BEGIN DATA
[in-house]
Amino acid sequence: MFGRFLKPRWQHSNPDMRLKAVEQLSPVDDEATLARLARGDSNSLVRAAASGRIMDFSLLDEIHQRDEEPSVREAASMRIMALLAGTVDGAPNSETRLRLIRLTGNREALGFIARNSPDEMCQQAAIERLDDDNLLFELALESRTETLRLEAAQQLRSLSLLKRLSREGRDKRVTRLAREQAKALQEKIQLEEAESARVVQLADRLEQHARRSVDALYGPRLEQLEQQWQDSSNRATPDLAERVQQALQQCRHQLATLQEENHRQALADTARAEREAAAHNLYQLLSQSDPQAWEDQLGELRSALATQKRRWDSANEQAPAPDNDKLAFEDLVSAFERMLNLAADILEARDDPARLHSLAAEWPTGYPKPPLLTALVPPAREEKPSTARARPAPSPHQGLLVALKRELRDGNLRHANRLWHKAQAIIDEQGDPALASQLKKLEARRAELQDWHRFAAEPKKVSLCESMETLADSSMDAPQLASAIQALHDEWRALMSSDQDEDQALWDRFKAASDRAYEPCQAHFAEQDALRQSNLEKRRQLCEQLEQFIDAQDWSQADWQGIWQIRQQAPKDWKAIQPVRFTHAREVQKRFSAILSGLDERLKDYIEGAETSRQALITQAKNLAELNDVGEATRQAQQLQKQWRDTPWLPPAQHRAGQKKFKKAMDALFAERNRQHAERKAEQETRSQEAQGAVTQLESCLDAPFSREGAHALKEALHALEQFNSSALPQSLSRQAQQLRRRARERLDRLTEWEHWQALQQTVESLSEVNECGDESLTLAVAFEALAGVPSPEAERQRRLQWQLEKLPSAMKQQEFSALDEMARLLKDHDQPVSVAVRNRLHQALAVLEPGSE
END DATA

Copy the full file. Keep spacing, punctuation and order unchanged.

[in-house]
Amino acid sequence: MFGRFLKPRWQHSNPDMRLKAVEQLSPVDDEATLARLARGDSNSLVRAAASGRIMDFSLLDEIHQRDEEPSVREAASMRIMALLAGTVDGAPNSETRLRLIRLTGNREALGFIARNSPDEMCQQAAIERLDDDNLLFELALESRTETLRLEAAQQLRSLSLLKRLSREGRDKRVTRLAREQAKALQEKIQLEEAESARVVQLADRLEQHARRSVDALYGPRLEQLEQQWQDSSNRATPDLAERVQQALQQCRHQLATLQEENHRQALADTARAEREAAAHNLYQLLSQSDPQAWEDQLGELRSALATQKRRWDSANEQAPAPDNDKLAFEDLVSAFERMLNLAADILEARDDPARLHSLAAEWPTGYPKPPLLTALVPPAREEKPSTARARPAPSPHQGLLVALKRELRDGNLRHANRLWHKAQAIIDEQGDPALASQLKKLEARRAELQDWHRFAAEPKKVSLCESMETLADSSMDAPQLASAIQALHDEWRALMSSDQDEDQALWDRFKAASDRAYEPCQAHFAEQDALRQSNLEKRRQLCEQLEQFIDAQDWSQADWQGIWQIRQQAPKDWKAIQPVRFTHAREVQKRFSAILSGLDERLKDYIEGAETSRQALITQAKNLAELNDVGEATRQAQQLQKQWRDTPWLPPAQHRAGQKKFKKAMDALFAERNRQHAERKAEQETRSQEAQGAVTQLESCLDAPFSREGAHALKEALHALEQFNSSALPQSLSRQAQQLRRRARERLDRLTEWEHWQALQQTVESLSEVNECGDESLTLAVAFEALAGVPSPEAERQRRLQWQLEKLPSAMKQQEFSALDEMARLLKDHDQPVSVAVRNRLHQALAVLEPGSE